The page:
The Peach State could reap huge benefits from taxing recreational marijuana, if it decides to legalize it.
Georgia stands to earn $72.5 million from legalized recreational marijuana in extra tax revenue, according to the personal finance website NerdWallet.com.
While legal recreational marijuana isn’t expected to be a reality in Georgia anytime soon, medical marijuana is on the finger-tips of Georgia lawmakers.
After a proposal to legalize the use of cannabis oil to treat children with seizure disorders failed in the General Assembly this year, supporters vowed to reintroduce it in 2015.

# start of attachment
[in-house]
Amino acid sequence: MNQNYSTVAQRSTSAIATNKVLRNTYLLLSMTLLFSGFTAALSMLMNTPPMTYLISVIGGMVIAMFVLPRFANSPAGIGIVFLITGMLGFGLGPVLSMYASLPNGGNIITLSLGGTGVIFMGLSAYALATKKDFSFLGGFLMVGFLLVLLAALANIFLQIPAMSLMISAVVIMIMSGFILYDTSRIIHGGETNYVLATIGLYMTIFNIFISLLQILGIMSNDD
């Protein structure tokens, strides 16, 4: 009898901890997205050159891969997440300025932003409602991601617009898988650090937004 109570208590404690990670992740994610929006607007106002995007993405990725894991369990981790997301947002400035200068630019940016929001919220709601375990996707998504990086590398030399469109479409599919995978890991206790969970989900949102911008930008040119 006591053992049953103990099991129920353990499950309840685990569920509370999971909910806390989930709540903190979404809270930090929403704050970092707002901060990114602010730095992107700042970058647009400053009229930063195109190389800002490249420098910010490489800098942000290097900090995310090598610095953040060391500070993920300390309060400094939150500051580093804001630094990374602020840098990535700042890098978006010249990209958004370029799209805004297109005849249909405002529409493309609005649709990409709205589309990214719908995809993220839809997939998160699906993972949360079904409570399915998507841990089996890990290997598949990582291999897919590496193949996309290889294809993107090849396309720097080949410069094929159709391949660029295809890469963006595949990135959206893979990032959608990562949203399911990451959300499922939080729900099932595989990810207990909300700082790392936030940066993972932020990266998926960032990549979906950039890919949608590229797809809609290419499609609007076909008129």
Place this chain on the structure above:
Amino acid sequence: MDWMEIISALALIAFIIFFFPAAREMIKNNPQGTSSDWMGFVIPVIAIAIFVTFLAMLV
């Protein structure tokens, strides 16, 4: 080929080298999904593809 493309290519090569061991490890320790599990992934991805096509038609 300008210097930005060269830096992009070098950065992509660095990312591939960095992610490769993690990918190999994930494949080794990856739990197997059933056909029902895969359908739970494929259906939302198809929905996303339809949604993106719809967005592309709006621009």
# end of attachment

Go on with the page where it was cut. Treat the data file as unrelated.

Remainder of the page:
The first step toward fulfilling that promise began in August when a legislative study committee held the first of five meetings planned around the state this summer and fall.
The Georgia House already passed legislation backed by Gov. Nathan Deal to legalize the manufacture of cannabis oil with an extremely low percentage of THC, the chemical that makes users high. But the bill lost its fire in the General Assembly after it was wed with a bill that required Georgia insurance companies to cover treatment of children with autism.
The study committee will hold four more meetings and make recommendations by Dec. 1.